Writing time

images

Douglas Adams used to take frequent baths, not so much as to soak and think of new scenarios, more to procrastinate. Apparently he is said to have hated writing.

I tend to write first thing in the morning as my head is still empty of ‘things that must be accomplished’. It might only be for twenty minutes sometimes, but if I leave a thread hanging to pick up later or the next day, it’s a satisfactory ongoing process. Ideas usually float around the rest of the day and become embedded, consciously or un-condciously.

Walking is the best ideas generators. But It doesn’t seem to work if I ‘set out’ to think. More a sort of general ‘being on the planet’ letting in visual observations, hearing conversation, birdsong, a city’s soundtrack or a river’s murmur. Swimming is equally good. Empty mind, regular movements of arms and legs, breath in and out — ah, yes, that could work, perhaps at the end of chapter 33.

Car journeys, sometimes, but not so good if I’m driving — a touch hazardous. Trains are brilliant, especially very long voyages. The lulling movements, dozy, half awake, inability to be able to do the washing up or any other jobs, the blurring, changing landscapes, peoples houses and gardens — imagined lives.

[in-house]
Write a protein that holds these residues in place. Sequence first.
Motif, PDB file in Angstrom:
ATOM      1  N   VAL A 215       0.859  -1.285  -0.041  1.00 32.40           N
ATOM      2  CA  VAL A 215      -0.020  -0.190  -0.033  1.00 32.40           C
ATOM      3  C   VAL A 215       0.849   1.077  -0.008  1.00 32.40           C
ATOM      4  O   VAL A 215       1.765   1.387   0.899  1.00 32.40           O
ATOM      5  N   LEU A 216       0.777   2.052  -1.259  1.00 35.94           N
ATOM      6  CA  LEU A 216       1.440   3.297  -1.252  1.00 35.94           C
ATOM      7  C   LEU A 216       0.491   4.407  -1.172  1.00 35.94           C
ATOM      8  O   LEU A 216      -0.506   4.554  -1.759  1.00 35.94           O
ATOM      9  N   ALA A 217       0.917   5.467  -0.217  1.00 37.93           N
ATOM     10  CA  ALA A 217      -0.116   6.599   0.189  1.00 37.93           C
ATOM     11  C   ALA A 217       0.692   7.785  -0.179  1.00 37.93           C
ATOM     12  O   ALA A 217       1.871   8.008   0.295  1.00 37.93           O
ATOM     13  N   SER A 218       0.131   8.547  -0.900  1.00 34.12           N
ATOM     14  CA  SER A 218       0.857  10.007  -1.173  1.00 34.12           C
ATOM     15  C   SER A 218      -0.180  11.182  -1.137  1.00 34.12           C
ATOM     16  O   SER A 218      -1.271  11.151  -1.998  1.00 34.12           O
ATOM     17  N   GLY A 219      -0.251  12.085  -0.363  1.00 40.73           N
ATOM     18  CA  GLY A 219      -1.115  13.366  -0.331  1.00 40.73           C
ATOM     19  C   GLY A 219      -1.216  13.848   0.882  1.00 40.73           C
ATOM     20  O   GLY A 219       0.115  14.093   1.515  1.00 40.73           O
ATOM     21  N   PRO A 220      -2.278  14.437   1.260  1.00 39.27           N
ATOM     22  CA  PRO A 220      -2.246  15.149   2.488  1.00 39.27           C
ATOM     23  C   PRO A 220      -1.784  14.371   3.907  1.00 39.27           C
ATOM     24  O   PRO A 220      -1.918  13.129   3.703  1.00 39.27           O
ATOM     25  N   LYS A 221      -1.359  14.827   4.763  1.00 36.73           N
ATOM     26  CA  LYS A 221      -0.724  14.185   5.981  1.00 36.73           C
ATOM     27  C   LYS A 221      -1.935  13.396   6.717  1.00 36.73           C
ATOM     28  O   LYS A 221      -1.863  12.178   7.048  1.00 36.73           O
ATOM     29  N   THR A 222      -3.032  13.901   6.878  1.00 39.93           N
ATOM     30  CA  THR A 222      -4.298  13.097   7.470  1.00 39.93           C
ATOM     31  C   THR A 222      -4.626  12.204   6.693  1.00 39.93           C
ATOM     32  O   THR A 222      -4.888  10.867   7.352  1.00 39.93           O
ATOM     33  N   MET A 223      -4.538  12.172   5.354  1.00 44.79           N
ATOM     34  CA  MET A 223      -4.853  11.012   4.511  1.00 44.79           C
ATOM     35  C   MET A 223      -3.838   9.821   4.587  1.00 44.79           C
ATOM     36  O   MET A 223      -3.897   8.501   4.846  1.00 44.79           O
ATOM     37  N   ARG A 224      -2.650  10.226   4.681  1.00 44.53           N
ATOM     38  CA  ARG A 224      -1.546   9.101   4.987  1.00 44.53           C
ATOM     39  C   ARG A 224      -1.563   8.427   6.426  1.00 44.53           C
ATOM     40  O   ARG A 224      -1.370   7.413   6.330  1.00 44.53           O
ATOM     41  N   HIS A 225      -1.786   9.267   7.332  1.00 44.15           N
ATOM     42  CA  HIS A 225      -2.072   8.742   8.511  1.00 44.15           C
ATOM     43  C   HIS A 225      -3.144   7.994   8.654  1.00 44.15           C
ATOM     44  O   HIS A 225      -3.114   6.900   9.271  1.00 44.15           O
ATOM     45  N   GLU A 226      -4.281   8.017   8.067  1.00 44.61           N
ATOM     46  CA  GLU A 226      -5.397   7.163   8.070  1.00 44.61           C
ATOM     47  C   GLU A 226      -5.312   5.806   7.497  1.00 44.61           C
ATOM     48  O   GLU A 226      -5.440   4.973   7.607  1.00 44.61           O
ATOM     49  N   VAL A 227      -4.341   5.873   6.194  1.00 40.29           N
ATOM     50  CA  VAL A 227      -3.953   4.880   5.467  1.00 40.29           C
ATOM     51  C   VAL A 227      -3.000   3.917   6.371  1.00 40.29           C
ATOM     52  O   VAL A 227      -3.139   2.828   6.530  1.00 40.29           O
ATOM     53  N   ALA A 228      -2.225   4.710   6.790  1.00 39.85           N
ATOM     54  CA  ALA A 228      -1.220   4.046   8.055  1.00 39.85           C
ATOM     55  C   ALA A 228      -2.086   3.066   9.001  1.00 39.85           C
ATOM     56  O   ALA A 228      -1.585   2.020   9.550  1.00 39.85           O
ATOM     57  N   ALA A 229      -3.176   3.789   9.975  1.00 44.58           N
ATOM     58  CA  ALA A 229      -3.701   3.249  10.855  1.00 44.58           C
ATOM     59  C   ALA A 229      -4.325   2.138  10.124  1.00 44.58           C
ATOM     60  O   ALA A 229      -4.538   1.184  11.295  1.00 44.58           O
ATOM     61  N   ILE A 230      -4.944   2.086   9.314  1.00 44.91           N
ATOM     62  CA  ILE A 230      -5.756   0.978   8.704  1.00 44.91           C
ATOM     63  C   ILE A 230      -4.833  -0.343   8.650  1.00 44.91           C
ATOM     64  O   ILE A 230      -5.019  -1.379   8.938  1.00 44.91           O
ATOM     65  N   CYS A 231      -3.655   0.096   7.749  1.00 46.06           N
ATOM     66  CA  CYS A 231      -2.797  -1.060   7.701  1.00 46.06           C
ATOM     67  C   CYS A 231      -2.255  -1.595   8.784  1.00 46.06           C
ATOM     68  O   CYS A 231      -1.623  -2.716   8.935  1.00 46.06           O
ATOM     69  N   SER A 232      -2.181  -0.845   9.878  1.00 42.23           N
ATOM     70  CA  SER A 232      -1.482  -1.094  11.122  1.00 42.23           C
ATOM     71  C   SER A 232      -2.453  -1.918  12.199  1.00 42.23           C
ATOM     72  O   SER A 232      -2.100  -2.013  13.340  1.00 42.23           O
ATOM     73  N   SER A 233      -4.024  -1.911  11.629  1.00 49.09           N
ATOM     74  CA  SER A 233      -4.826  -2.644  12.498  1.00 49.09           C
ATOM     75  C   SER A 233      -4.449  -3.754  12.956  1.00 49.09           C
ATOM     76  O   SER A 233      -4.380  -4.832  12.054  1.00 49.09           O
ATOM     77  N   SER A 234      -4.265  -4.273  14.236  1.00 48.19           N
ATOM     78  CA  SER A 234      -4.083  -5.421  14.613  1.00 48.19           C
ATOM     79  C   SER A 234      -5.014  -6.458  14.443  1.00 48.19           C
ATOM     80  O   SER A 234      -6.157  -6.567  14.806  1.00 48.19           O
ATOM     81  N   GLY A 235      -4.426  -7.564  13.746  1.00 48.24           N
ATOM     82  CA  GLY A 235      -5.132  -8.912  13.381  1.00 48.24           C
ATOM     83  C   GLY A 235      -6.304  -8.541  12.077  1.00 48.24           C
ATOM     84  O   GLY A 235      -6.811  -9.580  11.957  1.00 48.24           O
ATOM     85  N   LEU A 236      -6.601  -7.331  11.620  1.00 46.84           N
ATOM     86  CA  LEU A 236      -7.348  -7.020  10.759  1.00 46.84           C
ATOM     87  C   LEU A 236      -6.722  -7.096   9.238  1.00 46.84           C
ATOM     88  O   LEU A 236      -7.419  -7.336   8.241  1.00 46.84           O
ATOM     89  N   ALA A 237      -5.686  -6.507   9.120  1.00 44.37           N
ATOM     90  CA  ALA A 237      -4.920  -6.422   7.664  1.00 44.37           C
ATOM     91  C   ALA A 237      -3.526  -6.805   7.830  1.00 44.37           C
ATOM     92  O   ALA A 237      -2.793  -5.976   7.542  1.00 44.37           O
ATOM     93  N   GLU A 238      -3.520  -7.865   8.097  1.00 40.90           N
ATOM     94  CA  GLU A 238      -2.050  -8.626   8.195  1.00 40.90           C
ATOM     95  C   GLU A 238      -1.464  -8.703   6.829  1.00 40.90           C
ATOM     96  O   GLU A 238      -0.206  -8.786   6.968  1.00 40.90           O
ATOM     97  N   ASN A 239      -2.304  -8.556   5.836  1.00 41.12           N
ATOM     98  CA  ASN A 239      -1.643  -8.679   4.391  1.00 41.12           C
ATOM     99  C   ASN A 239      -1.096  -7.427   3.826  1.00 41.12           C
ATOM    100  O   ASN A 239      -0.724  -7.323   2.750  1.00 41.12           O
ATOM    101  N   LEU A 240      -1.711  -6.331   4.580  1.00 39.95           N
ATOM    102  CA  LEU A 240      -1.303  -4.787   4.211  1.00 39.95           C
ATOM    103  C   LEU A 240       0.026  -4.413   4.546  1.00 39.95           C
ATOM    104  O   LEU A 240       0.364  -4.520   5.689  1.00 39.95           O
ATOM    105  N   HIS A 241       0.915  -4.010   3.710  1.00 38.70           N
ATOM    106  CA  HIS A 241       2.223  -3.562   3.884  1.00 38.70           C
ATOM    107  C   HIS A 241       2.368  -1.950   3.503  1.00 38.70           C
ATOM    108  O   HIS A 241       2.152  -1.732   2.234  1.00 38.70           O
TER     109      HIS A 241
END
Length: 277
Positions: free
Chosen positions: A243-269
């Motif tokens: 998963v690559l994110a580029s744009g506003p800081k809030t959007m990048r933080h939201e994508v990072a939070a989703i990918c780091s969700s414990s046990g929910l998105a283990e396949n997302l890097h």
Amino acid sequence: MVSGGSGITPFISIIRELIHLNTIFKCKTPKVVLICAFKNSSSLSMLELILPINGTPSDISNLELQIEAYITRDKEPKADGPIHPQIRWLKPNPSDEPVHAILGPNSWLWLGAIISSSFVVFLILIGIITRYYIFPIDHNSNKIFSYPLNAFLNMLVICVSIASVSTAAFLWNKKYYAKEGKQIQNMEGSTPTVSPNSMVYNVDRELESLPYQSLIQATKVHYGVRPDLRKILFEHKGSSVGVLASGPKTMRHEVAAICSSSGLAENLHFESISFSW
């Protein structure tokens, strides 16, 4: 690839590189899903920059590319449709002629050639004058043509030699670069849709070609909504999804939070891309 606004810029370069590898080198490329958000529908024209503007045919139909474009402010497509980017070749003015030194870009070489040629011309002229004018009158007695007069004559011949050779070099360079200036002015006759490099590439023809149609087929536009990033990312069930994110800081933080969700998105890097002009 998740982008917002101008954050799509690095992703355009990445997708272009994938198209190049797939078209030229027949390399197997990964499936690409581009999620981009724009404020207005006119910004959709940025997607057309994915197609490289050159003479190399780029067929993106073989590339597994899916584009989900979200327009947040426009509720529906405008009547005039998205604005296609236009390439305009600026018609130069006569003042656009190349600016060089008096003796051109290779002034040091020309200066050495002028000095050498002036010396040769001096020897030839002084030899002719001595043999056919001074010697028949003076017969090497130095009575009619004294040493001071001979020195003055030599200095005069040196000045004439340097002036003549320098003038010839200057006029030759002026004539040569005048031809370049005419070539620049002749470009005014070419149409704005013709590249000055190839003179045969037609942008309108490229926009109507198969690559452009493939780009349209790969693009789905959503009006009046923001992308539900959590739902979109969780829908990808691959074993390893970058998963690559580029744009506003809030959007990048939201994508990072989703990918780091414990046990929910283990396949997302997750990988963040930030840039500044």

Gardening. Very good. Our friend Mike, a gardener par excellence, said that when you turn the earth and pull it apart, chasing out the weeds, you inhale certain bacterias, which create endorphins in the brain, rather like exercise, sex, chocolate, chilies. True, I always feel accomplished after a weeding session, and tangled plot ideas often become unravelled and ready to put into words.

Advertisements

Leave a Reply

Fill in your details below or click an icon to log in:

WordPress.com Logo

You are commenting using your WordPress.com account. Log Out / Change )

Twitter picture

You are commenting using your Twitter account. Log Out / Change )

Facebook photo

You are commenting using your Facebook account. Log Out / Change )

Google+ photo

You are commenting using your Google+ account. Log Out / Change )

Connecting to %s